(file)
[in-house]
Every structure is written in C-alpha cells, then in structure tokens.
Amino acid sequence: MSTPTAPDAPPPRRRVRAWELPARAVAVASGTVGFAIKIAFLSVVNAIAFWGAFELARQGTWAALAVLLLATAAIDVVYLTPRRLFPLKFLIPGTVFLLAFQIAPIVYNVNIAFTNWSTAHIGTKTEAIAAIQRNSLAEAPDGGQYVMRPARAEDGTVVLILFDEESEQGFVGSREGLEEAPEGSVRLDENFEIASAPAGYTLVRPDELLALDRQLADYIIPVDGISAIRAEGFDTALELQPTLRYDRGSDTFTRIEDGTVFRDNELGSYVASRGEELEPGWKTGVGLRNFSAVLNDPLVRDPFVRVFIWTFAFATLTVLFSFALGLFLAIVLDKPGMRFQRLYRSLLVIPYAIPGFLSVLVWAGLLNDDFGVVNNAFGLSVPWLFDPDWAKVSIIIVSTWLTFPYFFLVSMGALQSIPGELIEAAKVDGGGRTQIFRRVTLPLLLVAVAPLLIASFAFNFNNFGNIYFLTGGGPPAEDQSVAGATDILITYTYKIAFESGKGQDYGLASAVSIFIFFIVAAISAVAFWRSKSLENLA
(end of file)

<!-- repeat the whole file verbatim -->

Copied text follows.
[in-house]
Every structure is written in C-alpha cells, then in structure tokens.
Amino acid sequence: MSTPTAPDAPPPRRRVRAWELPARAVAVASGTVGFAIKIAFLSVVNAIAFWGAFELARQGTWAALAVLLLATAAIDVVYLTPRRLFPLKFLIPGTVFLLAFQIAPIVYNVNIAFTNWSTAHIGTKTEAIAAIQRNSLAEAPDGGQYVMRPARAEDGTVVLILFDEESEQGFVGSREGLEEAPEGSVRLDENFEIASAPAGYTLVRPDELLALDRQLADYIIPVDGISAIRAEGFDTALELQPTLRYDRGSDTFTRIEDGTVFRDNELGSYVASRGEELEPGWKTGVGLRNFSAVLNDPLVRDPFVRVFIWTFAFATLTVLFSFALGLFLAIVLDKPGMRFQRLYRSLLVIPYAIPGFLSVLVWAGLLNDDFGVVNNAFGLSVPWLFDPDWAKVSIIIVSTWLTFPYFFLVSMGALQSIPGELIEAAKVDGGGRTQIFRRVTLPLLLVAVAPLLIASFAFNFNNFGNIYFLTGGGPPAEDQSVAGATDILITYTYKIAFESGKGQDYGLASAVSIFIFFIVAAISAVAFWRSKSLENLA